Under pressure of public outrage, the government has been forced to allot $6 million to support Aboriginal women who have experienced abuse in Val-d’Or. The funds will supposedly go towards hiring health and social service providers in the region. This concession is a product of the movement, but it doesn’t go nearly far enough. Funding must be extended to all communities across the province and substantially increased to provide housing, education, training and employment on and off reserve – this also has to be replicated in each province across the country. The abuse experienced by Aboriginal women in Val-d’Or at the hands of police has also renewed the calls for a national inquiry into missing and murdered Aboriginal women. For any inquiry to have a meaningful impact it would have to be carried out by representatives of First Nations, Inuit and Métis peoples and the trade unions, and result in concrete and meaningful action. Another inquiry with no follow up would do little to change the situation of Aboriginal women.
While Justin Trudeau’s Liberals have committed to launching a federal inquiry, we can’t have any illusions that his government, which ultimately represents the interests of the banks and corporations, will follow through with the changes that are needed to end violence against Aboriginal women. The federal Liberal governments of Jean Chrétien and Paul Martin did nothing to improve the lives of Aboriginal peoples, despite commissions and inquiries. Change must be organized from below – by representatives of Aboriginal communities and the working class.
In order to address the broader crisis of violence against Aboriginal women, the roots of the problem must be addressed. As we have previously explained, Aboriginal women are particularly vulnerable to violence as a result of the legacy of colonialism and assimilationist policies such as the residential school system, which were a form of cultural genocide aimed at removing the threat to capitalist expansion and exploitation of resources that the original habitants of this land had posed. These practices had a lasting intergenerational impact on Aboriginal communities resulting in high rates of poverty, mental and physical health challenges and violence. Additionally, the Canadian state perpetuated discriminatory views towards Aboriginal peoples to justify their policies aimed towards cultural genocide which, compounded by sexism, continue to make Aboriginal women targets of violence.
In order to address the myriad of challenges faced by First Nations, Inuit and Métis peoples across Canada, the conditions that continue to oppress Aboriginal people must be overthrown. Private corporations continue to exploit the resources on treaty land with the support of the federal and provincial governments, in addition to no consultation with local communities who do not see the vast profits generated by such development. While poverty currently places Aboriginal women in precarious positions that leave them vulnerable to violence, vast wealth exists in Canada that could be put to use providing quality education, employment, housing, healthcare, childcare and transportation for all. However, this wealth is currently concentrated in a small minority’s hands.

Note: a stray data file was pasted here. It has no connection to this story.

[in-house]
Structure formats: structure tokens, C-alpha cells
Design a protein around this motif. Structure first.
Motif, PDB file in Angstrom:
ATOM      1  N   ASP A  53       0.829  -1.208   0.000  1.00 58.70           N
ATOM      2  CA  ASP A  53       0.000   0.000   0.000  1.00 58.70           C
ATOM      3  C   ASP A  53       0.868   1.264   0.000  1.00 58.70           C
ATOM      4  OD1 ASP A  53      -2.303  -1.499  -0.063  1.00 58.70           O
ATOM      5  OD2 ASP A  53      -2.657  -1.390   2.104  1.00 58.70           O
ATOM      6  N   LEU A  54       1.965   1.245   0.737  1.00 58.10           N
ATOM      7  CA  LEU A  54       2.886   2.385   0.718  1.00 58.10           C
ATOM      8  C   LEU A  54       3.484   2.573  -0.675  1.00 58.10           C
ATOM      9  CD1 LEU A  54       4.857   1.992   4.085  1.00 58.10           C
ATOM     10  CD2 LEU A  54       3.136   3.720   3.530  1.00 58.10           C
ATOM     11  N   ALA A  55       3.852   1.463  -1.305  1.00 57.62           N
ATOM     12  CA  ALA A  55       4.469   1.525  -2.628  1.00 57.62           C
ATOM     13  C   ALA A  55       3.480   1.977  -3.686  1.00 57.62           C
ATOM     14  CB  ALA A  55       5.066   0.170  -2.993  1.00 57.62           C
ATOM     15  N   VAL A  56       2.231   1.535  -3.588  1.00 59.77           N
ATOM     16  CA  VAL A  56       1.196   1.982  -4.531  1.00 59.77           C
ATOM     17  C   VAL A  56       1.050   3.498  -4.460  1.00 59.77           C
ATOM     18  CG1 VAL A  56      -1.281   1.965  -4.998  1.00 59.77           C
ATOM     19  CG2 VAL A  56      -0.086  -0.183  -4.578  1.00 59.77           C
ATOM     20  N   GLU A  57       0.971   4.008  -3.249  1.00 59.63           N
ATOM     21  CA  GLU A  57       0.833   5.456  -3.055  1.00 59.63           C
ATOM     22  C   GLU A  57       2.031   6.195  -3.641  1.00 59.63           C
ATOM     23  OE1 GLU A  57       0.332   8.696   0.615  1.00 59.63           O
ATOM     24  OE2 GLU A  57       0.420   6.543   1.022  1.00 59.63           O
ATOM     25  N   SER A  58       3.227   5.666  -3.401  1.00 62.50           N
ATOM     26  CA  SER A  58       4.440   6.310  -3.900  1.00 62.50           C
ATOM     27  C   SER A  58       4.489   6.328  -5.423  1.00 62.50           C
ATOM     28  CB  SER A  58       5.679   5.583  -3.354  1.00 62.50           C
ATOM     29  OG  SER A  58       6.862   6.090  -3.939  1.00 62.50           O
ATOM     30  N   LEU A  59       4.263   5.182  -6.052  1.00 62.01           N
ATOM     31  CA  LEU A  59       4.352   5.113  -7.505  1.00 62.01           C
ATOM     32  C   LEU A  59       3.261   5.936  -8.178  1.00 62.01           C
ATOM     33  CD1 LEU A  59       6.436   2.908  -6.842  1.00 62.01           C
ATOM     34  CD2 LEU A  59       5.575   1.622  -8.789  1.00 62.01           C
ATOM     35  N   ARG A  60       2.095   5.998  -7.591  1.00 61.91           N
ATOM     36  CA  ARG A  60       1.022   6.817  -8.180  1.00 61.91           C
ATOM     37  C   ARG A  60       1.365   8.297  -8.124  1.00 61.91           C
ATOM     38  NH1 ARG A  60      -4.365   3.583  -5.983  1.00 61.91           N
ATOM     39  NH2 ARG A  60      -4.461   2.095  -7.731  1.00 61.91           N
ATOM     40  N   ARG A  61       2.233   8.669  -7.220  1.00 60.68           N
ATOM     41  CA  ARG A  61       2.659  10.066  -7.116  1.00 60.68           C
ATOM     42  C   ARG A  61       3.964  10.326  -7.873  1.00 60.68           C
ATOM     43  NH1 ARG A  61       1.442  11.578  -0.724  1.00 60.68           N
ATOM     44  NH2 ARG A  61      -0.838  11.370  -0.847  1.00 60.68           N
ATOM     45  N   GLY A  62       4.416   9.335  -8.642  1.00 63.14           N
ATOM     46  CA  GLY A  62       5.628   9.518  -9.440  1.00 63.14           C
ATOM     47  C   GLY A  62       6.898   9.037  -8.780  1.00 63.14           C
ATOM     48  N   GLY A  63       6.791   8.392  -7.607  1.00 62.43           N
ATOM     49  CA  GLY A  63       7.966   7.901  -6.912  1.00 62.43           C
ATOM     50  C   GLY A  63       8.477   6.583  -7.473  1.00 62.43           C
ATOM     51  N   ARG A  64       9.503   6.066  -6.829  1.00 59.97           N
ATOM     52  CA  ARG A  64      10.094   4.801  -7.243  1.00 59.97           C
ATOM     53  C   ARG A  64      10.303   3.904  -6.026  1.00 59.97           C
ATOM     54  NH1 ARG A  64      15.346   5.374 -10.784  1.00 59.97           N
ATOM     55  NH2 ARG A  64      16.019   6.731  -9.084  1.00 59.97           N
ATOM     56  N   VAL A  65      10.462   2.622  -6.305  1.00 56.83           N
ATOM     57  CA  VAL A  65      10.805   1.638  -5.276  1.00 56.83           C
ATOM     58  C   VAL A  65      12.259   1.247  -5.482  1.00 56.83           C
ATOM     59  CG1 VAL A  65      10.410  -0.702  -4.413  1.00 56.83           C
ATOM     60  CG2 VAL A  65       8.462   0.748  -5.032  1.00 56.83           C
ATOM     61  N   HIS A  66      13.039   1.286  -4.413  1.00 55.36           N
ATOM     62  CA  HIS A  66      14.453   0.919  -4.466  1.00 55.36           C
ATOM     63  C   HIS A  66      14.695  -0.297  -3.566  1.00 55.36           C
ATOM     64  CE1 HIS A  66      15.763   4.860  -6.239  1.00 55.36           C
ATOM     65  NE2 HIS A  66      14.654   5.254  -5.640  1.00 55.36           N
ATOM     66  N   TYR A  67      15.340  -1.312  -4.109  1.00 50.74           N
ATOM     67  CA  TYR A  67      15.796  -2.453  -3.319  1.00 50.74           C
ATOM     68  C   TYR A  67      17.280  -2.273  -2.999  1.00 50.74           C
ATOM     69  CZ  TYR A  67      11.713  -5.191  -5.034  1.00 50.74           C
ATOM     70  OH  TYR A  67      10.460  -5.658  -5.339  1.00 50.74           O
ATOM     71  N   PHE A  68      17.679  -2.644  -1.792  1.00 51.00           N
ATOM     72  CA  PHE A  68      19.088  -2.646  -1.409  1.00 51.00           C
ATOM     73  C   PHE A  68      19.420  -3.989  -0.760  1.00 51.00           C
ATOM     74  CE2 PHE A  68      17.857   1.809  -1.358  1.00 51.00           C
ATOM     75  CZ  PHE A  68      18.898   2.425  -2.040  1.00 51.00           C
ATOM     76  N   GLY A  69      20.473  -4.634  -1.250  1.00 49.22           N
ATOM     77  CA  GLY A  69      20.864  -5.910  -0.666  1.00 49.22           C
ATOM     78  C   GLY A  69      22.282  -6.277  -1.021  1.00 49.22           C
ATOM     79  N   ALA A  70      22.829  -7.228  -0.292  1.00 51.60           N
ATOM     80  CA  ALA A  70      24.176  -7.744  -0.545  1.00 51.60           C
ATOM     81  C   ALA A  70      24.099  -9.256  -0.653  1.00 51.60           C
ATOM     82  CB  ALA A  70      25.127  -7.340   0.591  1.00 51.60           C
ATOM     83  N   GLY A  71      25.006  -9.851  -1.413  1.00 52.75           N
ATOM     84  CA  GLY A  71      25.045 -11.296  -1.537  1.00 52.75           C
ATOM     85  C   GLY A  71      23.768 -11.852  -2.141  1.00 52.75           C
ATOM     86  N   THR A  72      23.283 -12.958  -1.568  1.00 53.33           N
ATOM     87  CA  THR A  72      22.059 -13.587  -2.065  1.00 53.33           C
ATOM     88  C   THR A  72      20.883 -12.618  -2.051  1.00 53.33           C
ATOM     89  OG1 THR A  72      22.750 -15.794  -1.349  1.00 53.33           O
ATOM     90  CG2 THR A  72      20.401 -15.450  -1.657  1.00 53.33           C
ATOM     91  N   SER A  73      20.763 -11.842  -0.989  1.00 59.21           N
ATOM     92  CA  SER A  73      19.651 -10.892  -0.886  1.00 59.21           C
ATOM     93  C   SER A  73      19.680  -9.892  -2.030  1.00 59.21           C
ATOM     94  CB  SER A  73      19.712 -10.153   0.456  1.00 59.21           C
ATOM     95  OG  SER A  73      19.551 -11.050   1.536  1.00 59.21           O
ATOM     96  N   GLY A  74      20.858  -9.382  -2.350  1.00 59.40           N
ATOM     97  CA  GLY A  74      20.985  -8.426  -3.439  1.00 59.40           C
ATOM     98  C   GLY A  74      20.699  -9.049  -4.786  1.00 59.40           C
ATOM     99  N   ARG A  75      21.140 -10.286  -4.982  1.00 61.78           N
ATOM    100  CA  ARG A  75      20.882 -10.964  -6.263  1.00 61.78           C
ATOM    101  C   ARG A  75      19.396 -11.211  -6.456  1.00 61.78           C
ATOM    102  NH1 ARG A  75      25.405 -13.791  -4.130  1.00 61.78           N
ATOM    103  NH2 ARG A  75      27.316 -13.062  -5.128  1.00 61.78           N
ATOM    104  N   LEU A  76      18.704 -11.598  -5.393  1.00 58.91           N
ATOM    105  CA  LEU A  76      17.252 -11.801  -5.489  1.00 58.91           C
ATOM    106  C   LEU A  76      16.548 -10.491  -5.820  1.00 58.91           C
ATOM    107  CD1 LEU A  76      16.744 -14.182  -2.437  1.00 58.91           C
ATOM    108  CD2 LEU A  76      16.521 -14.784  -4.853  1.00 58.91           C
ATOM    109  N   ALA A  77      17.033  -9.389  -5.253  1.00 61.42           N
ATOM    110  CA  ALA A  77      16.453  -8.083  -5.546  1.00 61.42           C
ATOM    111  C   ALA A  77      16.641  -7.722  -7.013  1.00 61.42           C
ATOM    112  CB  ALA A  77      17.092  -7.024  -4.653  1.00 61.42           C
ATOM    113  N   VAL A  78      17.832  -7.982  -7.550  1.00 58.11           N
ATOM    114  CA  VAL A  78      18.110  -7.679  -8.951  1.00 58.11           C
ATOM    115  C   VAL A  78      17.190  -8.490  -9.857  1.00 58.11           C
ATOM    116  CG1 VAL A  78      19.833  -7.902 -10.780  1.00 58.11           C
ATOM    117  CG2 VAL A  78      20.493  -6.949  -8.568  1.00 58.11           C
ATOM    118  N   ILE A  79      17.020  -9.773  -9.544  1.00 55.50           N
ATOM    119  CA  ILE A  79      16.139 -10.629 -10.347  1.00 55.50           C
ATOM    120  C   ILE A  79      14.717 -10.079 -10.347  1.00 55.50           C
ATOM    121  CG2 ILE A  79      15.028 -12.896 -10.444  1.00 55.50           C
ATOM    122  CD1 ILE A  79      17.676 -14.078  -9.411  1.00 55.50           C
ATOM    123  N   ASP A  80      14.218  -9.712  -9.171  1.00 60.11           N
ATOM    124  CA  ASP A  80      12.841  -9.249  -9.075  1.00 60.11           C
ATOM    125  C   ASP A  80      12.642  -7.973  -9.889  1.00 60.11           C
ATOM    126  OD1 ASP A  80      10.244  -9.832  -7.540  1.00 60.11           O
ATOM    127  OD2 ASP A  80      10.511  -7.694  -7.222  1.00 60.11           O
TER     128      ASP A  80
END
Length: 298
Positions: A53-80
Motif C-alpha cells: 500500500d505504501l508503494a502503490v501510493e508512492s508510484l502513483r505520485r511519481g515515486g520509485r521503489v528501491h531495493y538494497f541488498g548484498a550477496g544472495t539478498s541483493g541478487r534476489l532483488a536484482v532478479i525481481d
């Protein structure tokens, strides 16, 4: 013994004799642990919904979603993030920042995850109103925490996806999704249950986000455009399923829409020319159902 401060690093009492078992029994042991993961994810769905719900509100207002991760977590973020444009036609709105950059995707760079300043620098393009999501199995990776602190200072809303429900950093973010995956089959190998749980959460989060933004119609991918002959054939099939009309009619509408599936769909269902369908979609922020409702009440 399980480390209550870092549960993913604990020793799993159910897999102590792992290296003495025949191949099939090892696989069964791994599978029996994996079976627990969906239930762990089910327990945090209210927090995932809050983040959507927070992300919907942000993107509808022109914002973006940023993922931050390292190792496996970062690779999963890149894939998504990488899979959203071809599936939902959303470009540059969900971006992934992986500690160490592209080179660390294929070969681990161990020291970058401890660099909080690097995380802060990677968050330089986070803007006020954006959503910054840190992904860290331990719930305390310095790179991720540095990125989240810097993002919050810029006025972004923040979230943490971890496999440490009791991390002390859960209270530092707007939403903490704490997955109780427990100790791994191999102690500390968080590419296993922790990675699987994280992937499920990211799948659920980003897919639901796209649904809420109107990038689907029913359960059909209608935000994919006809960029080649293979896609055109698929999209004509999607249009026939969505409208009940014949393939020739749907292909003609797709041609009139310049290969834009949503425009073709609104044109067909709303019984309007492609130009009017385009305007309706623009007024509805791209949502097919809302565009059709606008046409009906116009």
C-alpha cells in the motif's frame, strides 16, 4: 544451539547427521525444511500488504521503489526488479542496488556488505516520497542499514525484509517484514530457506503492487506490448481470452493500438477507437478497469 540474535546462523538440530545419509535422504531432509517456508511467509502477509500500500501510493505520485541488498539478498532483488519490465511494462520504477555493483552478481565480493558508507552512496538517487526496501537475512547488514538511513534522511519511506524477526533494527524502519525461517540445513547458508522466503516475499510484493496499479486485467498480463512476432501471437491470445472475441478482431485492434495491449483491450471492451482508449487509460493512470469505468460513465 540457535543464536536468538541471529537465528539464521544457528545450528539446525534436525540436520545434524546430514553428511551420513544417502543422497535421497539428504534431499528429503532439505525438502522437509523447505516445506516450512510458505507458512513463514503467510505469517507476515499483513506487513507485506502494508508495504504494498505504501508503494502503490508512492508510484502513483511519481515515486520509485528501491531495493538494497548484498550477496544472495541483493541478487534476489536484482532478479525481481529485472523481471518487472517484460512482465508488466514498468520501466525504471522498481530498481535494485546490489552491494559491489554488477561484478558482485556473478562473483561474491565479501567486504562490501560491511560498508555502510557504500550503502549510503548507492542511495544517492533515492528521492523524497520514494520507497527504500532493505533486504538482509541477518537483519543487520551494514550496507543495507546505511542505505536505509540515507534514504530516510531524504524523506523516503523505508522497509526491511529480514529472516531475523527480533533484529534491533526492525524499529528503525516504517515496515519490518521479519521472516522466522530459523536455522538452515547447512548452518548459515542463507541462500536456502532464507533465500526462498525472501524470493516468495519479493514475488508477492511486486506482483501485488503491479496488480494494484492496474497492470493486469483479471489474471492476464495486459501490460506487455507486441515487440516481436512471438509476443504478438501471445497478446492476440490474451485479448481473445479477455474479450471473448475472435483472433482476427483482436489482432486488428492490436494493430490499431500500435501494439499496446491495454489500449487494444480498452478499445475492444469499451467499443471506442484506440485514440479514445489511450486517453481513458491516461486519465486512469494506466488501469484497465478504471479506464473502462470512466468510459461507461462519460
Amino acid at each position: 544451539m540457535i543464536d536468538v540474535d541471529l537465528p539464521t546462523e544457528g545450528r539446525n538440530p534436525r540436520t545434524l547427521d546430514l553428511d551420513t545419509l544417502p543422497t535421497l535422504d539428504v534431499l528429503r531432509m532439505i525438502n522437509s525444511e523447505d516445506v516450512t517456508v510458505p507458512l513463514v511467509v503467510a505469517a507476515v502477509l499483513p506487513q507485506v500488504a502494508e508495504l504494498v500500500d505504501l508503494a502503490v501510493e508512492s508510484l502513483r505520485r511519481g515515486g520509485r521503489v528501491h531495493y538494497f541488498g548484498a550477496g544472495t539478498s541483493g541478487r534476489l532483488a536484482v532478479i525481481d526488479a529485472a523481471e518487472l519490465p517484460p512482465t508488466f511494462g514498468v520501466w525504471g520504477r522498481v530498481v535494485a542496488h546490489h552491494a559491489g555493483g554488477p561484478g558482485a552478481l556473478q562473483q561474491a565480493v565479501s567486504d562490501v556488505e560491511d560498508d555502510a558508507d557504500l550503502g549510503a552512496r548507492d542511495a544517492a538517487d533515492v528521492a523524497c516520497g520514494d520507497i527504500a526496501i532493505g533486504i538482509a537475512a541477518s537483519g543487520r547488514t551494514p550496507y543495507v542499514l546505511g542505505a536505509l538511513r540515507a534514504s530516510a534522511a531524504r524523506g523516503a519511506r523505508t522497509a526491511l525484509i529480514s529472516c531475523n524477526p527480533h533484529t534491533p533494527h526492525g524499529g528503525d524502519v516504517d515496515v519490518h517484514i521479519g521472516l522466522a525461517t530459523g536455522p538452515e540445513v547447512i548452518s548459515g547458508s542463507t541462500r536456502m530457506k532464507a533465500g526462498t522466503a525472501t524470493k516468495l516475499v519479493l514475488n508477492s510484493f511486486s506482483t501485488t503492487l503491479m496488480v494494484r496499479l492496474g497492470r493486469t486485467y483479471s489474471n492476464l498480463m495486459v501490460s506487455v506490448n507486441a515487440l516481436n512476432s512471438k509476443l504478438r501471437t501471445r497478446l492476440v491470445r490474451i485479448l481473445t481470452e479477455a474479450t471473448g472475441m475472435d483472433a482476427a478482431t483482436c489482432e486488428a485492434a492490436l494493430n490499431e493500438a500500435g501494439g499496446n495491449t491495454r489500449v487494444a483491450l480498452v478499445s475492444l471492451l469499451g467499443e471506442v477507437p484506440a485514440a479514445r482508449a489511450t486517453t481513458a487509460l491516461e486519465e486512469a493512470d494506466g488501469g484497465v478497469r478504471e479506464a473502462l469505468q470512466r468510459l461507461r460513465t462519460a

To end the conditions that make Aboriginal and other women vulnerable to violence we have to end poverty and inequality. This directly contradicts the profit motive of capitalism and is only possible under a nationalized planned economy, under democratic workers’ control and management. This struggle would also serve to break down discriminatory attitudes in society such as racism and sexism, as people would begin to cease viewing one another as competitors and unite against their common oppressor, the political and economic establishment, and build towards a better world that for the first time would produce and function in the interests of the majority. As for preventing further abuses at the hands of the police and ensuring the safety of our communities, real security can only be assured when it is organized from the bottom up, from the actual communities. Workers and the oppressed need to form democratically accountable bodies to defend themselves against violence, including violence perpetuated by the state.
By removing the profit motive and private ownership of the productive forces, Aboriginal communities would be genuinely consulted and engaged in all stages of development and production, which would directly employ and benefit the local communities. Aboriginal peoples must have autonomy over their land and resources, language, education, health care and other social services as a step towards ending centuries of oppression and the social problems that have been created as a result, including violence experienced by Aboriginal women.
An independent investigation under the direction of Aboriginal communities and the trade unions, and real punishment for all those complicit in these crimes.
An end to police violence against Aboriginal women, the oppressed and workers everywhere.
For the formation of democratically accountable defence committees, with involvement from Aboriginal communities, other oppressed groups and the organized working class.
Release the funding to address homelessness, poverty, health problems, mental health challenges and violence against women in Aboriginal communities across the country
For a united fight for socialism that can end the precarious social conditions that make women vulnerable to state and other violence. For a socialist society where security is organized by the oppressed rather than imposed on the oppressed.